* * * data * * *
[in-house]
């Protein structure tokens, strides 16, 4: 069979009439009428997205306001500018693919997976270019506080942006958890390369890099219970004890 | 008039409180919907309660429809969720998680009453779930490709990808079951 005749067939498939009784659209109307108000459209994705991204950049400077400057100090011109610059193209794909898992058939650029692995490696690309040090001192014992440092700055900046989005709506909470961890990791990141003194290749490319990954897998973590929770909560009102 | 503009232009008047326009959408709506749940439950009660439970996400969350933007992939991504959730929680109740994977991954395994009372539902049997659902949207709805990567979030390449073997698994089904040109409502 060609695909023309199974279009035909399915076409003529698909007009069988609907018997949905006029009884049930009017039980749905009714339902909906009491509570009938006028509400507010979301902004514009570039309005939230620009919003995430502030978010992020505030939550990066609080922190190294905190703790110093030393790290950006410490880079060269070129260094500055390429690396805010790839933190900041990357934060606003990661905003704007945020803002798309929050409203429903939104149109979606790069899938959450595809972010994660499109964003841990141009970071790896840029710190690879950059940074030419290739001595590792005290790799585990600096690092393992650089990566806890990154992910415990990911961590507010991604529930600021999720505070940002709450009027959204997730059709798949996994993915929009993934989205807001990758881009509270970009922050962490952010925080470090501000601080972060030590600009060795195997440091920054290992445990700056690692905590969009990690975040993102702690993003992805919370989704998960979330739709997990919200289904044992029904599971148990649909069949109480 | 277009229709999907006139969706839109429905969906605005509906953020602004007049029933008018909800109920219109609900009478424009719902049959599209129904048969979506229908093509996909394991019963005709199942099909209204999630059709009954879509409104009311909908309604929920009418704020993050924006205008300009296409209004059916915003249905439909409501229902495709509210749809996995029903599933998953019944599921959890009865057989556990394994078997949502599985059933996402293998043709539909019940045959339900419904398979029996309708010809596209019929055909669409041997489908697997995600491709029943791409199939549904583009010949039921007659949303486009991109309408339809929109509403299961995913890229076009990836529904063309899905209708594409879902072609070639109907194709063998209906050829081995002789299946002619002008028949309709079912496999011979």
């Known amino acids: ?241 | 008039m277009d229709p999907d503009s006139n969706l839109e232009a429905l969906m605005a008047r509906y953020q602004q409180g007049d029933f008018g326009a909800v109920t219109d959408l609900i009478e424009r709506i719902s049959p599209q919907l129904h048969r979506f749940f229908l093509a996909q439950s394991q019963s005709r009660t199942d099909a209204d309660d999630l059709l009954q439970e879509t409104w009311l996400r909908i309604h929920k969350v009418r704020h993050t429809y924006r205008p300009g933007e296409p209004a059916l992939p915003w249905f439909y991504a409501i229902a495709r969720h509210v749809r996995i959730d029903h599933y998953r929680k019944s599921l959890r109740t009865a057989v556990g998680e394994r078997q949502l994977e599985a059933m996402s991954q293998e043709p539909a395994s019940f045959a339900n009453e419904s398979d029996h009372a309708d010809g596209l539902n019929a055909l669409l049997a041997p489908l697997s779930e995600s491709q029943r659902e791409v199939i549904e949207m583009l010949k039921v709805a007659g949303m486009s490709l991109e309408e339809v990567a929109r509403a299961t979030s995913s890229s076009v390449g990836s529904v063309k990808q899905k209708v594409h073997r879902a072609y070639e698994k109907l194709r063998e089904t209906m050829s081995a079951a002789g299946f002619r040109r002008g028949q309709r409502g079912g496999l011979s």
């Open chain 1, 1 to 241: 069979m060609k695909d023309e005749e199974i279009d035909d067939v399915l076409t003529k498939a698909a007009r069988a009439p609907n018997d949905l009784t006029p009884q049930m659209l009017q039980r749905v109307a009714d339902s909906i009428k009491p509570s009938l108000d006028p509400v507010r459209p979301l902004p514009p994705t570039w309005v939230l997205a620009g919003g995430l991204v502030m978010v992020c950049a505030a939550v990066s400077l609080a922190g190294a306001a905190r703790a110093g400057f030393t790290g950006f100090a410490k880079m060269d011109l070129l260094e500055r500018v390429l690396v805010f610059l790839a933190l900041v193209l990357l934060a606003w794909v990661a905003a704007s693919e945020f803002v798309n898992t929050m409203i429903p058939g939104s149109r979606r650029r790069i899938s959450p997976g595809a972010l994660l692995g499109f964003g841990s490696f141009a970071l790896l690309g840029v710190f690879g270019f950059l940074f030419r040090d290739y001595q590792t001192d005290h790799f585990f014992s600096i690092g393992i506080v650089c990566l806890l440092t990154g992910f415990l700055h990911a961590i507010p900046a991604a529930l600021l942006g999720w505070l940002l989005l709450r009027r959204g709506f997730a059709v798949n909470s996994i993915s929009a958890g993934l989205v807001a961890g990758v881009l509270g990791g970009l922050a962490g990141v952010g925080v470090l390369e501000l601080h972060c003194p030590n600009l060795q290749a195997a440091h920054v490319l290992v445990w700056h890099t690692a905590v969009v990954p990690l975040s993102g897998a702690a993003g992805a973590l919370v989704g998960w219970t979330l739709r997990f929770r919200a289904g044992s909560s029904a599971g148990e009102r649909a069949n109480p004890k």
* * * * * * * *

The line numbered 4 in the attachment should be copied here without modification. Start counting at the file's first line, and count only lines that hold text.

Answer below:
């Open chain 1, 1 to 241: 069979m060609k695909d023309e005749e199974i279009d035909d067939v399915l076409t003529k498939a698909a007009r069988a009439p609907n018997d949905l009784t006029p009884q049930m659209l009017q039980r749905v109307a009714d339902s909906i009428k009491p509570s009938l108000d006028p509400v507010r459209p979301l902004p514009p994705t570039w309005v939230l997205a620009g919003g995430l991204v502030m978010v992020c950049a505030a939550v990066s400077l609080a922190g190294a306001a905190r703790a110093g400057f030393t790290g950006f100090a410490k880079m060269d011109l070129l260094e500055r500018v390429l690396v805010f610059l790839a933190l900041v193209l990357l934060a606003w794909v990661a905003a704007s693919e945020f803002v798309n898992t929050m409203i429903p058939g939104s149109r979606r650029r790069i899938s959450p997976g595809a972010l994660l692995g499109f964003g841990s490696f141009a970071l790896l690309g840029v710190f690879g270019f950059l940074f030419r040090d290739y001595q590792t001192d005290h790799f585990f014992s600096i690092g393992i506080v650089c990566l806890l440092t990154g992910f415990l700055h990911a961590i507010p900046a991604a529930l600021l942006g999720w505070l940002l989005l709450r009027r959204g709506f997730a059709v798949n909470s996994i993915s929009a958890g993934l989205v807001a961890g990758v881009l509270g990791g970009l922050a962490g990141v952010g925080v470090l390369e501000l601080h972060c003194p030590n600009l060795q290749a195997a440091h920054v490319l290992v445990w700056h890099t690692a905590v969009v990954p990690l975040s993102g897998a702690a993003g992805a973590l919370v989704g998960w219970t979330l739709r997990f929770r919200a289904g044992s909560s029904a599971g148990e009102r649909a069949n109480p004890k």